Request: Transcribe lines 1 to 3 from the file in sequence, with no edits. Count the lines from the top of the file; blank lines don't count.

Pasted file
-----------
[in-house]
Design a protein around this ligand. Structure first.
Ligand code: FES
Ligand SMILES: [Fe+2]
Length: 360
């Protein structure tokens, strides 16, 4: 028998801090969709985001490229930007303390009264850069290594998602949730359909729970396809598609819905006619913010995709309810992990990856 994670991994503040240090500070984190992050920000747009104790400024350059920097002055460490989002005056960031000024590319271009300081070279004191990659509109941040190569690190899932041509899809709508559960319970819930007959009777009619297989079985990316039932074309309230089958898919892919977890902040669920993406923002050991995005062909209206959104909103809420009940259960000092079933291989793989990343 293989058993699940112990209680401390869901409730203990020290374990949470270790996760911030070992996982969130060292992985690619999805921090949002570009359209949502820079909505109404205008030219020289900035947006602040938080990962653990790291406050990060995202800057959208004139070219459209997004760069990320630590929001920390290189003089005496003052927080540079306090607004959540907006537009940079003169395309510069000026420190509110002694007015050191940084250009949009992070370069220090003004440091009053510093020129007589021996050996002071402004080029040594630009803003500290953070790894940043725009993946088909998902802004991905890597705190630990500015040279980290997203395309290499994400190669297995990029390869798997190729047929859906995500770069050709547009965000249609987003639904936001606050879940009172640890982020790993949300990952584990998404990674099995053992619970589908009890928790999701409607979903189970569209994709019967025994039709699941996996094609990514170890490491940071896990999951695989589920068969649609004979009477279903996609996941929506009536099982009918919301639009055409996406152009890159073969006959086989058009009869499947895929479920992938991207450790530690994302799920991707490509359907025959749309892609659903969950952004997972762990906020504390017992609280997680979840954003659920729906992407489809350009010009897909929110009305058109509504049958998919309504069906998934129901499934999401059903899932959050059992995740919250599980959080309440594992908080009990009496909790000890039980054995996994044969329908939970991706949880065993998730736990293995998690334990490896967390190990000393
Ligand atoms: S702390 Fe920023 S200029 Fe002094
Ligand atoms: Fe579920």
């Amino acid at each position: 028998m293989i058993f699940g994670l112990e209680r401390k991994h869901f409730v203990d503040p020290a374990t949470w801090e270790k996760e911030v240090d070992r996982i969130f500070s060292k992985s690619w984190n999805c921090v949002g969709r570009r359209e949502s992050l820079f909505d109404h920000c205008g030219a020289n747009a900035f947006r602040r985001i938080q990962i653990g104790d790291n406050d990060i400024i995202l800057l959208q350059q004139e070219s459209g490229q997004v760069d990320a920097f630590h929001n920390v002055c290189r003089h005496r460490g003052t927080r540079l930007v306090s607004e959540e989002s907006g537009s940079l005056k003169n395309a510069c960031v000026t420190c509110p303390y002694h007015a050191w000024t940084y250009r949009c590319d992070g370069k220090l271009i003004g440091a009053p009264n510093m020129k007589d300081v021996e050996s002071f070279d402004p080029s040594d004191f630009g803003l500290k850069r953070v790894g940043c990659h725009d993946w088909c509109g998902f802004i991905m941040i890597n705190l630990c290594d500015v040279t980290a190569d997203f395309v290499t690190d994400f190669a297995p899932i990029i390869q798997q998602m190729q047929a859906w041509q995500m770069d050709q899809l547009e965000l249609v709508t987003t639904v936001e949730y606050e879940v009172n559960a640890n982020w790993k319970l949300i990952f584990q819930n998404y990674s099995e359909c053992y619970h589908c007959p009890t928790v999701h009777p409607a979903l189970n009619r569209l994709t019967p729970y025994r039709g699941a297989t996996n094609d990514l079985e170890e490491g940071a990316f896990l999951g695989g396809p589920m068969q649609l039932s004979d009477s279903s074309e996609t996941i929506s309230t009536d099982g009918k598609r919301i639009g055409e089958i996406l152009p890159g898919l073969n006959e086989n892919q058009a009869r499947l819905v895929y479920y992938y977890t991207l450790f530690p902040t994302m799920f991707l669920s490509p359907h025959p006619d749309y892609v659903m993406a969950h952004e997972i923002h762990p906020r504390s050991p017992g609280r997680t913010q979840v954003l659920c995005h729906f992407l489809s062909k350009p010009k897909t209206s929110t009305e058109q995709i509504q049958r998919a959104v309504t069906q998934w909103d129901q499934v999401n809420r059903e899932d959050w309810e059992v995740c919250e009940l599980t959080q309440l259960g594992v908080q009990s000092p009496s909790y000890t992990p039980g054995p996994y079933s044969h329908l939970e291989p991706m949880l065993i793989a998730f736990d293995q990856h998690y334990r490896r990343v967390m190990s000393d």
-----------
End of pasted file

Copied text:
[in-house]
Design a protein around this ligand. Structure first.
Ligand code: FES